But even those aims are considered by some European officials and military experts to be ambitious. To get there, Ukraine would have to take back Kherson and the ravaged city of Mariupol. It would have to push Russia out of its land bridge to Crimea and stop Russia from annexing large parts of Donetsk and Luhansk.
Many experts fear that is beyond Ukraine’s capability.
While Ukraine did remarkably well in the first phase of the war, Donbas is very different. To go on the offensive normally requires a manpower advantage of 3 to 1, weaponry aside, which Ukraine does not now possess. The Russians are making slow but incremental gains, if at a high cost in casualties. (While Washington and London are happy to provide estimates of Russian casualties, sometimes rather high, according to some military experts, they say little about Ukrainian casualties. Ukraine is treating those figures as state secrets.)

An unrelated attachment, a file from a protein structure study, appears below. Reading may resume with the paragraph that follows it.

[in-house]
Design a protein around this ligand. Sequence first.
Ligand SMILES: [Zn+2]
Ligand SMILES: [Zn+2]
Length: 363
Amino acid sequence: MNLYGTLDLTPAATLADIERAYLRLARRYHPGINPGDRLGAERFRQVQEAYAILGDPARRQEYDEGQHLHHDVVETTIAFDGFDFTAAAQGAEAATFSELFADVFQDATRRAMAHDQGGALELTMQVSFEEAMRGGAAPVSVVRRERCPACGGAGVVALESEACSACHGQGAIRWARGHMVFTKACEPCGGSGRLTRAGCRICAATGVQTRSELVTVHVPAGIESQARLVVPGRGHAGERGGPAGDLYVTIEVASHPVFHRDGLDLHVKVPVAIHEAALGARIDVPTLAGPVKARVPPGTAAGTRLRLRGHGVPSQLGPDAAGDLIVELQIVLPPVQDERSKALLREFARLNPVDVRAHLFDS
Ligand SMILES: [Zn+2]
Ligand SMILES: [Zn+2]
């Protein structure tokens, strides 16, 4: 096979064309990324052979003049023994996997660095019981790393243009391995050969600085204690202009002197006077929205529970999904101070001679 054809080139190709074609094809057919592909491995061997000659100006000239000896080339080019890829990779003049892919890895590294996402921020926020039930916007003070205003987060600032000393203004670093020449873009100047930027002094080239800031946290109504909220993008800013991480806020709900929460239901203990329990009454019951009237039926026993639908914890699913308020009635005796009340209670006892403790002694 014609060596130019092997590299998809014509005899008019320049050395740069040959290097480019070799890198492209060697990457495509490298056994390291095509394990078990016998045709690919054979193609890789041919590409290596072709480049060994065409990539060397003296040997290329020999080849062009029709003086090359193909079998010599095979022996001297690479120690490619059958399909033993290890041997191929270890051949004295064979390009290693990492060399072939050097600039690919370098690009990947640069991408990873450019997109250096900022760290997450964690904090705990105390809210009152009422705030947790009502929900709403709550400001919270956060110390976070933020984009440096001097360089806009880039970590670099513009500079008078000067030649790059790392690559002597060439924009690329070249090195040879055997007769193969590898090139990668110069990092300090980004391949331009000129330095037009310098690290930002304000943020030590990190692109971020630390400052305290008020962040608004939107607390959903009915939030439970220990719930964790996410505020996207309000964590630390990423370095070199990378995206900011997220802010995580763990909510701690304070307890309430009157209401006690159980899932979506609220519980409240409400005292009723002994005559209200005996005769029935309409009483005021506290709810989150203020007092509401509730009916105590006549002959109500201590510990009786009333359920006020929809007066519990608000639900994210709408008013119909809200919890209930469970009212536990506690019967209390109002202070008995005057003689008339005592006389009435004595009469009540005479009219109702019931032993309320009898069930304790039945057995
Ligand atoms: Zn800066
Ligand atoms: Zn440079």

“What is victory for Ukraine?” asked Daniel Fried, a former U.S. ambassador to Poland and longtime senior U.S. diplomat. “The Biden Administration’s comfort zone is not a bad place to be — that it’s up to the Ukrainians to decide,” Mr. Fried said. “I agree, because there’s no way a detailed conversation now on what is a just settlement will do any good, because it comes down to what territories Ukraine should surrender.”
David E. Sanger and Eric Schmitt reported from Washington. Steven Erlanger reported from Brussels. Julian Barnes and Helene Cooper contributed reporting from Washington.